Biologists Warn “Finding Dory” Could Seriously Harm Marine Wildlife

Biologists Warn “Finding Dory” Could Seriously Harm Marine Wildlife

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The sequel to 2003’s Pixar hit Finding Nemo, Finding Dory, is due for release this year, but marine biologists are warning that the animated feature could have a devastating effect on wild fish.

The sequel sees forgetful blue tang fish Dory take the lead role as she regains some of her memory ands heads off on a watery quest of self-discovery.

But according to experts, following the release of Finding Nemo sales of pet clown fish, like Nemo, skyrocketed and meant a huge number of clown fish were bred in captivity to meet the demand.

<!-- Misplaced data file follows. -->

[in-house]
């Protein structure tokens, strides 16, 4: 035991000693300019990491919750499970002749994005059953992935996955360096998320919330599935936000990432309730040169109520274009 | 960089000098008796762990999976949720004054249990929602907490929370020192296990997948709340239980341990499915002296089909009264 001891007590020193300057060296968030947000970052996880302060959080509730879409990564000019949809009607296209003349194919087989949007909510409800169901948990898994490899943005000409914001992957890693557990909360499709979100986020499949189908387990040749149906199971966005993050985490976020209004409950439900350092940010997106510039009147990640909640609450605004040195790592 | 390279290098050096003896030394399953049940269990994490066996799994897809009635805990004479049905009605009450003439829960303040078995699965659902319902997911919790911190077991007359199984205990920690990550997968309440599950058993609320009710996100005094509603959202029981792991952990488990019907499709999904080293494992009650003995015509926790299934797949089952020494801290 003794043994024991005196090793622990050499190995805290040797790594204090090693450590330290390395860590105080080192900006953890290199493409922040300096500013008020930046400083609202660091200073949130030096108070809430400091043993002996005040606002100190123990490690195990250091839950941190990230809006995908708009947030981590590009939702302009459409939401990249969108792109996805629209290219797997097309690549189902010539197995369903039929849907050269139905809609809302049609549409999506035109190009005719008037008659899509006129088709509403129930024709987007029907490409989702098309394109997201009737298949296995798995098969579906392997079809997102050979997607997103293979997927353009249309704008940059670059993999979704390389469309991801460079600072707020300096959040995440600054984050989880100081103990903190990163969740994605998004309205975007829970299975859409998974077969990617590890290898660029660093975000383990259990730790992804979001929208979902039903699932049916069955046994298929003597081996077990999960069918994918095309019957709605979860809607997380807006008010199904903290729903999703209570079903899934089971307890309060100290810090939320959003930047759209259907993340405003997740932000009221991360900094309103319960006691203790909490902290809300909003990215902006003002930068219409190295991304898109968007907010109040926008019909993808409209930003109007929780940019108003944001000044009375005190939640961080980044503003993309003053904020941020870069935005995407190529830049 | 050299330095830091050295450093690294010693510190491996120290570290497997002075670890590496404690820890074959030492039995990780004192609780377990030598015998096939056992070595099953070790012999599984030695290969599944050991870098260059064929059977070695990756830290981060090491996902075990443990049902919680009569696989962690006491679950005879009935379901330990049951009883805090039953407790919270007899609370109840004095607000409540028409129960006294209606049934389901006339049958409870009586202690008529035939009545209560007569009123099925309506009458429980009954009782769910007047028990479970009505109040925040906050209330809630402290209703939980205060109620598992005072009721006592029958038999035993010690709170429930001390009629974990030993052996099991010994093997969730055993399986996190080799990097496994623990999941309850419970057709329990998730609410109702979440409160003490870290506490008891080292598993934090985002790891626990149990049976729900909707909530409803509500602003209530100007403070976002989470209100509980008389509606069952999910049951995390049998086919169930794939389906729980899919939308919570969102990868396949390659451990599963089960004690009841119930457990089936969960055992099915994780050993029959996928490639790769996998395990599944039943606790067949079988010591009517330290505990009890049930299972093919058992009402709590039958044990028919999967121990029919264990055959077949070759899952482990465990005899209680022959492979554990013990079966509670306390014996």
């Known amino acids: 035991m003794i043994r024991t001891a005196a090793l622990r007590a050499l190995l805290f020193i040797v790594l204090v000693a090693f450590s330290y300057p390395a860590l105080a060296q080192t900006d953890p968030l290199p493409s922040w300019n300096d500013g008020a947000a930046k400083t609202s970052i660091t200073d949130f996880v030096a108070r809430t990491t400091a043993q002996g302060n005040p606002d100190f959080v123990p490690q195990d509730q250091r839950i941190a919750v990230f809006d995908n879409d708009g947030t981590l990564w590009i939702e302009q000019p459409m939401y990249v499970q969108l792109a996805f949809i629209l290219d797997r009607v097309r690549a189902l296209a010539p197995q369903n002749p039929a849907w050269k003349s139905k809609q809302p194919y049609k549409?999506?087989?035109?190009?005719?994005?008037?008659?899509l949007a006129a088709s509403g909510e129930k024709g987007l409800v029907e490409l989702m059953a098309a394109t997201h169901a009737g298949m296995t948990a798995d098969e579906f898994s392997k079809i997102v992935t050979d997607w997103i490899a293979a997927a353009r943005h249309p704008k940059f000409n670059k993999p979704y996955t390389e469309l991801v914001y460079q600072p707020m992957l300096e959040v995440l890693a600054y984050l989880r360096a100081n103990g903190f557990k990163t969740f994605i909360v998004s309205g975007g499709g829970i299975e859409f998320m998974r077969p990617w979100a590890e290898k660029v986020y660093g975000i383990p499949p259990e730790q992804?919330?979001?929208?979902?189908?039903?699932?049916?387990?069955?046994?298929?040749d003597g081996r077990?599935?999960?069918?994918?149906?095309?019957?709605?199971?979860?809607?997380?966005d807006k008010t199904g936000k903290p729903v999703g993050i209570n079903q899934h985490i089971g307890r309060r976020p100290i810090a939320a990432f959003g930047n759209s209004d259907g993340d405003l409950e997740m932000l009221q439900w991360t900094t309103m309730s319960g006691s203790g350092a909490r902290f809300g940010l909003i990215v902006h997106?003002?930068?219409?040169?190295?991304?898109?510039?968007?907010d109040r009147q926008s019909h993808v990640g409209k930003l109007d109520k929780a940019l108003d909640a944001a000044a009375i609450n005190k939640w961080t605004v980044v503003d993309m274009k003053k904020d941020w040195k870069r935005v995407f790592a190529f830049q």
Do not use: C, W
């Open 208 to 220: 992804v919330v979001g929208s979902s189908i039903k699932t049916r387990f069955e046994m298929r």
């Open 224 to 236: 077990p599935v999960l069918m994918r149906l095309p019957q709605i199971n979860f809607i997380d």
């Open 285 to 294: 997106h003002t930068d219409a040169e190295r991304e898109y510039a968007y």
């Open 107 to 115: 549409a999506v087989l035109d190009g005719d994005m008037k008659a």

Now, marine biologists are concerned people will want blue tang fish like Dory which, unlike clown fish, do not breed well in aquariums.

“As Dory graduates from sidekick to leading lady, the lack of captive-bred options will drive collectors to source more blue tangs from the wild — a harvest that’s often unregulated and destructive,” one source.

Already, researchers are trying to find a viable way to breed blue tang “Dory” fish in captivity ahead of the movie’s release.

But Ellen DeGeneres, who voices Dory, has thankfully spoken out about the practice of keeping exotic fish in tanks, saying: “I think that fish should be in the ocean. It’s what this whole sequel is about.”

“We have to protect our oceans [and] hopefully that discussion starts with this film, because we really need to protect that environment.”